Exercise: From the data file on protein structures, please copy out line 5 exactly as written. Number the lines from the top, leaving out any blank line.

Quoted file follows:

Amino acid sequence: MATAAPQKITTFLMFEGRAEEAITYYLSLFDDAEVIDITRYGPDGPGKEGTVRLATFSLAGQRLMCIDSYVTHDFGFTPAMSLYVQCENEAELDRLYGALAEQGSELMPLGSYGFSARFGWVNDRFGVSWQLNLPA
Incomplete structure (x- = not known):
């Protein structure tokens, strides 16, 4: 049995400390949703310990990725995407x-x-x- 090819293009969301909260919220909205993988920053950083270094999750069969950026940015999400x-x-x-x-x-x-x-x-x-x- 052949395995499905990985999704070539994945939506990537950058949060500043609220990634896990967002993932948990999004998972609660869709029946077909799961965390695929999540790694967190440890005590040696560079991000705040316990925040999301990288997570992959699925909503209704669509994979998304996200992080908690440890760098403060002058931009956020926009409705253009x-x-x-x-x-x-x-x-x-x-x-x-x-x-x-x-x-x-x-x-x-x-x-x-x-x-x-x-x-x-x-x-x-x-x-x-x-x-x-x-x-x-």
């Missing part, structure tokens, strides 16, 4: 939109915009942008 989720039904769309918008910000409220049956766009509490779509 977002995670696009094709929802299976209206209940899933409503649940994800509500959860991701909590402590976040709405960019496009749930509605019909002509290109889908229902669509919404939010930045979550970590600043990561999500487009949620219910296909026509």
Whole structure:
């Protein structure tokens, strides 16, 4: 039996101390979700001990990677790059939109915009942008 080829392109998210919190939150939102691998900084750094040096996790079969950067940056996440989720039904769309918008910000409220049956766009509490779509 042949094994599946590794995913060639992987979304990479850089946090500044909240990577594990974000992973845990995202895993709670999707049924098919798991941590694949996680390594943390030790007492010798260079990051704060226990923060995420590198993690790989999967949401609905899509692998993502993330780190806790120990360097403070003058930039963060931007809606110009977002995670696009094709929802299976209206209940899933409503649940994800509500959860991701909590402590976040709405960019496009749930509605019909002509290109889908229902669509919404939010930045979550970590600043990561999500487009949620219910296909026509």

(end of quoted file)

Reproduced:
Whole structure: